Dr. Claudia Aguirre
In my last post, I explored how the brain processes time, and how time is ultimately an illusion. Our mind constructs the experience of time during our waking hours, but what happens to our perception of time when our brain sends us to dream land?
In the middle of the 19th century, a man named Alfred Maury had a memorable dream. In it, he traveled back in time to the French Revolution, was convicted of treason, and was to be beheaded under the famed guillotine. As he placed his head on the ‘lunette’ and watched the blade shoot down towards his neck, he was abruptly awakened with a pain in his neck. It turns out that his canopy bed had collapsed, sending a rod right onto his neck. Being a scholar, he theorized that his entire dream must have taken place at the point of (real) impact, and that "dream-time" was different from "real-time." And, thus, scientific dream research was born.
For decades, researchers have been trying to unravel the mysteries of dreams, from their significance to their temporal complexity. The discovery of REM sleep in the 1950s opened a window into the world of dreams, where researchers could manipulate the experience of a sleeper deep in dreamland. But it wasn’t until very recently that scientists have been able to observe the elasticity of time in dreams.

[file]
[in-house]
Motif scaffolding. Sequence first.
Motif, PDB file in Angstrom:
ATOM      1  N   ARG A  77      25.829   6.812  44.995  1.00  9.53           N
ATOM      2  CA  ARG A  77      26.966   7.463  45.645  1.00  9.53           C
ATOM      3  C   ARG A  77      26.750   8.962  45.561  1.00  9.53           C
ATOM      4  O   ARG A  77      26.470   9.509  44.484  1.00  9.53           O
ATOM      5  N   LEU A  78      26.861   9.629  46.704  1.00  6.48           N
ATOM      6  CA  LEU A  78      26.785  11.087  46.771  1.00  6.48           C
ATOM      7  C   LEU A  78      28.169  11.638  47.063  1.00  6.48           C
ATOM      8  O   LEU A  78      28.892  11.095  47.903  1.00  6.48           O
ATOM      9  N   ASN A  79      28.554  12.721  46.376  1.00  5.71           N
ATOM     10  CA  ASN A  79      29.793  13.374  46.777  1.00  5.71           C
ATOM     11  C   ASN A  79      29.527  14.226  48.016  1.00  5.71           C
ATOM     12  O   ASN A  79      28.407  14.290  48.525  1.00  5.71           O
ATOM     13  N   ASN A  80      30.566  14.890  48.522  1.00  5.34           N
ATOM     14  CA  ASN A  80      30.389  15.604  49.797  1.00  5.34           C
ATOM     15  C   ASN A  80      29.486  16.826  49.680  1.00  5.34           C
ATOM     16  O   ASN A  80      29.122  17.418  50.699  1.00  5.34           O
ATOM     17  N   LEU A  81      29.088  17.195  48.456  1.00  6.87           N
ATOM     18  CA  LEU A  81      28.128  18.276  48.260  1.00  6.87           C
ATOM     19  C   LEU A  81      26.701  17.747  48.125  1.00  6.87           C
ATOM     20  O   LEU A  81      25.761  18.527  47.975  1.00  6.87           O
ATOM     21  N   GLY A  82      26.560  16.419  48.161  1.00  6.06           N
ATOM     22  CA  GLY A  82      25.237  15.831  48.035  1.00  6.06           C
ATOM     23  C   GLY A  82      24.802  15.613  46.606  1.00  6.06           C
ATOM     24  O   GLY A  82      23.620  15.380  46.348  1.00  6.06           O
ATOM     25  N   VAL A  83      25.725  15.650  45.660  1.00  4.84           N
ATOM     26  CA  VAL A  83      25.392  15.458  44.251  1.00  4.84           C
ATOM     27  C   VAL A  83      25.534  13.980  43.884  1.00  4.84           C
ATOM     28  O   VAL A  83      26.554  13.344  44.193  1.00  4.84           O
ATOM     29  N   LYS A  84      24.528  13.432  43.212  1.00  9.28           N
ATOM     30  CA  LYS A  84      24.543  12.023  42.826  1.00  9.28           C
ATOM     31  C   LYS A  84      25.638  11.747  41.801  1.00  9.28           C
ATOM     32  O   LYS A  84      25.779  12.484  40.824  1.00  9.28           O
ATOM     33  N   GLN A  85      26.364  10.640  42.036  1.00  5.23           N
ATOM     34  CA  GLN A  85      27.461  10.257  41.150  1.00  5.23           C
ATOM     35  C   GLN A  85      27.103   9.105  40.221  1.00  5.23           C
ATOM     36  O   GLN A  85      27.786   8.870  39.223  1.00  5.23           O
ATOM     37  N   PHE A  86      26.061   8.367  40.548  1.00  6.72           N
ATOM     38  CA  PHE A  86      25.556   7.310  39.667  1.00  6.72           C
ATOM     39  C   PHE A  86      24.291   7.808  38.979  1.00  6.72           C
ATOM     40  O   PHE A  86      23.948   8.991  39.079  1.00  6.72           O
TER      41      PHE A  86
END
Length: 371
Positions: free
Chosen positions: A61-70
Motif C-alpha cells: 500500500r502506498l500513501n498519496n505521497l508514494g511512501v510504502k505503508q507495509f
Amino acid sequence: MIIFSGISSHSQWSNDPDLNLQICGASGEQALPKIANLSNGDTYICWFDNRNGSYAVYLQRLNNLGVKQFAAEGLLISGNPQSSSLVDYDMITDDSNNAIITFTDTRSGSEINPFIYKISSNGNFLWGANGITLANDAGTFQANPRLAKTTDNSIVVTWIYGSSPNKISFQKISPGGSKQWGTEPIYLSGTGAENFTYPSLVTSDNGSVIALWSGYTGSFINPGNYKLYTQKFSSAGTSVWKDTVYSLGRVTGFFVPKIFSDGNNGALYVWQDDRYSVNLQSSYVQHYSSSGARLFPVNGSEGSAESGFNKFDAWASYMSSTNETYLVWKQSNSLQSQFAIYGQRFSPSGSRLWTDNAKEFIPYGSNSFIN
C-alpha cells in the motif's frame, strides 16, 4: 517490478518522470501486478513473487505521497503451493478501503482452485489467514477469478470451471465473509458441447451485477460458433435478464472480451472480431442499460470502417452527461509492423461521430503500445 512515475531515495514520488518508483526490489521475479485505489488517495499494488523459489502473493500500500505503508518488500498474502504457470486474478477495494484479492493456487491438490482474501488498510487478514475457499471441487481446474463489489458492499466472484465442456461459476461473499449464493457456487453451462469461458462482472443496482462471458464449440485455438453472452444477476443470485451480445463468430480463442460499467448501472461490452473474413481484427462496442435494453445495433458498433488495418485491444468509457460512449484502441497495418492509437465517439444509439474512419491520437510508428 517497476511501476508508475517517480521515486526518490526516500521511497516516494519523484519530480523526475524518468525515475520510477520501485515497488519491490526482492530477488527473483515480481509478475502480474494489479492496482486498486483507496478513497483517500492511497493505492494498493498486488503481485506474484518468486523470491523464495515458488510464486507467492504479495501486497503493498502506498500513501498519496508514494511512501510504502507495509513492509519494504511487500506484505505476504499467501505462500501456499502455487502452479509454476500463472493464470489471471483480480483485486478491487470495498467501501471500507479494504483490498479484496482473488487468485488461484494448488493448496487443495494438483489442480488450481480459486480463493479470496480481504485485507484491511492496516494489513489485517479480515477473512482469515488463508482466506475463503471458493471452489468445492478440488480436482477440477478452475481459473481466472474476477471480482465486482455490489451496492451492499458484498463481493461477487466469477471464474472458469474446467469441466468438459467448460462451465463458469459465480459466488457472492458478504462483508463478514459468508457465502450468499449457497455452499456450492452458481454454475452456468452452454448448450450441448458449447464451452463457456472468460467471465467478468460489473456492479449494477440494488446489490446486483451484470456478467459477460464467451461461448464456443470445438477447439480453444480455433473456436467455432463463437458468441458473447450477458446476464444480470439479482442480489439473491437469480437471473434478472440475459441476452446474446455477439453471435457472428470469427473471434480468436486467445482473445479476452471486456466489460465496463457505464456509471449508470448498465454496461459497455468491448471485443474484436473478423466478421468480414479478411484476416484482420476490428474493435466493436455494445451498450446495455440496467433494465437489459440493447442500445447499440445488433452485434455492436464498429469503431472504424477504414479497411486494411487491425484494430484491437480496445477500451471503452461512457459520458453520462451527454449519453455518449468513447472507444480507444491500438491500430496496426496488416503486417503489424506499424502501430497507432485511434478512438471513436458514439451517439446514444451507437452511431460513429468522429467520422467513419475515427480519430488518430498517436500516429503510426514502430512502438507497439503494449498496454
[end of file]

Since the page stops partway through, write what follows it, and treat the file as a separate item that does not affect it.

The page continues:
A lucid dream is defined as a dream during which dreamers, while in REM sleep, become aware they are dreaming. Lucid dreamers can consciously influence their dream content and carry out pre-arranged tasks while dreaming. Different scientific studies employing lucid dreamers showed that counting from one to ten was the same in real-time as it was in dream-time; but that doing deep knee bends took longer in dream-time than real-time. Last year, a team of researchers confirmed these findings, with the observation that a motor task - as opposed to a cognitive one like counting - required more time than in wakefulness. Perhaps this is due to the lack of muscular feedback or slower brain processing, but it shows that we may indeed move in ‘slow-motion’ in our dreams. Even more fascinating is the study in which scientists delivered an electrical shock of gamma waves to dreamers - which parallels the type of brain waves seen during lucid dreaming - to actually induce lucid dreaming.
The 2010 movie Inception presented a world in which dream time runs much slower than real time, and dreaming within a dream results in even slower time. We know that this is more imaginative than real, but it’s true that in dreams we find a land without the normal experience of time. And just like we can lose ourselves in music and movies, we can lose ourselves in dreams. But what the new neuroscience suggests is that we may be able to harness our own dreams, using a brain-hack to cement new skills so we are more proficient at sports or other abilities.